“I know this is personal. That’s how you’ll fail. No speeches, no talking. You point the gun. You shoot the gun.”
A line of dialogue that perfectly suited for a vengeance tale belongs in a better film than Blue Ruin. It’s strange to see so many comparing this new film to the often incomparable work of Joel and Ethan Coen; in this case, that of their debut Blood Simple. The similarities are few and far throughout, as Blue Ruin begins as an often-quiet, carefully presented, tale of vengeance, and later slips into a film that’s arguably as hapless as its main character.
In its first act, Jeremy Saulnier doesn’t offer a moment of pause to explain away the events unfolding. One watches a homeless man discover that a man is about to be released from prison, then prepare himself to potentially kill said man, but the reason comes after the kill. ”I’m not used to talking this much,” Dwight (Macon Blair) mumbles to his sister. He’s hesitant to do practically everything, even grabbing a cup at lunch, and when interacting with others, there’s a timidity to him that does wonders for those watching who want to sympathize with him. Regardless of him being a character that murders someone in cold blood mere minutes into the film, without any hint of why he did so, Dwight’s passive nature makes him strangely easy to root for. And that kind of selling of a character without an ounce of real explanation is an impressive feat for any filmmaker.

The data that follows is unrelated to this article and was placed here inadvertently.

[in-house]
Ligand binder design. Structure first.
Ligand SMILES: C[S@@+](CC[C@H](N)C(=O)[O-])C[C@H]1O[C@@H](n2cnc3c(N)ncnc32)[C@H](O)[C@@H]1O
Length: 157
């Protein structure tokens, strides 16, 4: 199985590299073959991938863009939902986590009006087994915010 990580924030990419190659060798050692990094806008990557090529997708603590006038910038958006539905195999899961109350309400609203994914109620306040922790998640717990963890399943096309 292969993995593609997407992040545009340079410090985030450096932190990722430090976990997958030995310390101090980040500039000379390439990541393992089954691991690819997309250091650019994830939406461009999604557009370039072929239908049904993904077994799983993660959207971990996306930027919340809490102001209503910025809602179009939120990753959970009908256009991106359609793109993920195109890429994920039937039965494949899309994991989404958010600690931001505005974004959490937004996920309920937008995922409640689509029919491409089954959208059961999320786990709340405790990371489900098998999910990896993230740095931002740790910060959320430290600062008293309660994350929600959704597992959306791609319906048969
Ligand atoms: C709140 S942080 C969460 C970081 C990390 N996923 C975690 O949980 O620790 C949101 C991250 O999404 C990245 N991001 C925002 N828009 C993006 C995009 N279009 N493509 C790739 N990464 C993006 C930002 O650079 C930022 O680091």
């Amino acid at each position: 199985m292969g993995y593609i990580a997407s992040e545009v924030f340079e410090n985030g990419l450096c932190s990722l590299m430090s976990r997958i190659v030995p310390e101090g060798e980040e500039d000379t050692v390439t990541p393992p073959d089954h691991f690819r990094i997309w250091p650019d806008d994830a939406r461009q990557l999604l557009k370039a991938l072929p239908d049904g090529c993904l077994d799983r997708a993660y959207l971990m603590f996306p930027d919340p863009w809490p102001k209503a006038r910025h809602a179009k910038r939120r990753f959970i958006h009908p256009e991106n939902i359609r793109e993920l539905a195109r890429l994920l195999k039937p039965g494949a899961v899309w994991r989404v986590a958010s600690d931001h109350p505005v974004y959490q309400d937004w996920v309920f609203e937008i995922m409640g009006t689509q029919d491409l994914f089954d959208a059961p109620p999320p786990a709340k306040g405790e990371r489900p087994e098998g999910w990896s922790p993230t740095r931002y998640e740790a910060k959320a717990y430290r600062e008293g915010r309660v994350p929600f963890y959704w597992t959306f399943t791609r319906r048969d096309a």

That passivity is exactly what makes the first forty minutes or so of Blue Ruin so damn good; the palpable tension at the thought of this man we don’t know being shot to death by the family of the man he killed. Every fuck-up, every landed hit, and every loaded means of escape works because of us not knowing anything about Dwight. But for someone with seemingly so much knowledge on how to survive on nothing at all, his character is quickly thrown into the role of hapless bum. That’s the main problem with Blue Ruin. The cinematography, the pacing, the score, they’re all still present in the film’s back half; the only real difference is that Dwight has apparently no idea how to survive on his own.
I could get behind this line of narrative progression if everything up to the moment where he heads off to find someone to provide him with a gun and teach him to shoot it didn’t tell me otherwise. Many a film have had characters who are total idiots slowly figure out ways to overcome that idiocy through the help of others. Hell, the complete ineptitude of characters to kill people is something the Coen brothers have in fact explored. But Dwight wasn’t all that inept when the film began, and there’s little reason for him to slide into that kind of role when it’s far more interesting watching him try these borderline Home Alonetactics in whatever home he’s currently residing (be it that of a friend or foe). He’s an amateur, sure, but he’s one with enough gumption to stay alive without the help of anyone but himself. That very characterization being betrayed by the end game is frustrating to witness.
There’s so much good in the set up of Blue Ruin, it’s a real wonder why the film doesn’t stick it through to the bitter end. At the very least, Saulnier’s great eye for setting up a shot shines through an awkwardly delivered vengeance narrative and, as someone who has not had the chance to see the seemingly entertaining Murder Party, makes one curious to see where he’ll go from here.
Directed by Jeremy Saulnier; written by Jeremy Saulnier; starring Macon Blair, Amy Hargreaves, and Devin Ratray; 90 minutes.